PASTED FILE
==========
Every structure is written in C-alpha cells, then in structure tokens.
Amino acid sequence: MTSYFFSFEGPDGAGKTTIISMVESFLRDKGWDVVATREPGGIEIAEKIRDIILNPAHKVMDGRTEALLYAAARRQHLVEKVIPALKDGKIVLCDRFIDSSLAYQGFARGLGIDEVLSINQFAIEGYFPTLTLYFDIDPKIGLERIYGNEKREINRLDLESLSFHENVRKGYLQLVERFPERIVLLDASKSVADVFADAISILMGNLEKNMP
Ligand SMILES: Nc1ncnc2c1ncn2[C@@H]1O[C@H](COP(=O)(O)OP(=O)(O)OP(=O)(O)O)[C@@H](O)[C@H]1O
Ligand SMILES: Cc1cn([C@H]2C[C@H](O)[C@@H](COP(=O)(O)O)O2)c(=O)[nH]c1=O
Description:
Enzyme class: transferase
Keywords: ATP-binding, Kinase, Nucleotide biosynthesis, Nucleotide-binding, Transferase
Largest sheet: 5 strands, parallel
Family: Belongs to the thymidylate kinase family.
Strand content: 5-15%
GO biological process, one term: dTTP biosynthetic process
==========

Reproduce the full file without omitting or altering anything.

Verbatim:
Every structure is written in C-alpha cells, then in structure tokens.
Amino acid sequence: MTSYFFSFEGPDGAGKTTIISMVESFLRDKGWDVVATREPGGIEIAEKIRDIILNPAHKVMDGRTEALLYAAARRQHLVEKVIPALKDGKIVLCDRFIDSSLAYQGFARGLGIDEVLSINQFAIEGYFPTLTLYFDIDPKIGLERIYGNEKREINRLDLESLSFHENVRKGYLQLVERFPERIVLLDASKSVADVFADAISILMGNLEKNMP
Ligand SMILES: Nc1ncnc2c1ncn2[C@@H]1O[C@H](COP(=O)(O)OP(=O)(O)OP(=O)(O)O)[C@@H](O)[C@H]1O
Ligand SMILES: Cc1cn([C@H]2C[C@H](O)[C@@H](COP(=O)(O)O)O2)c(=O)[nH]c1=O
Description:
Enzyme class: transferase
Keywords: ATP-binding, Kinase, Nucleotide biosynthesis, Nucleotide-binding, Transferase
Largest sheet: 5 strands, parallel
Family: Belongs to the thymidylate kinase family.
Strand content: 5-15%
GO biological process, one term: dTTP biosynthetic process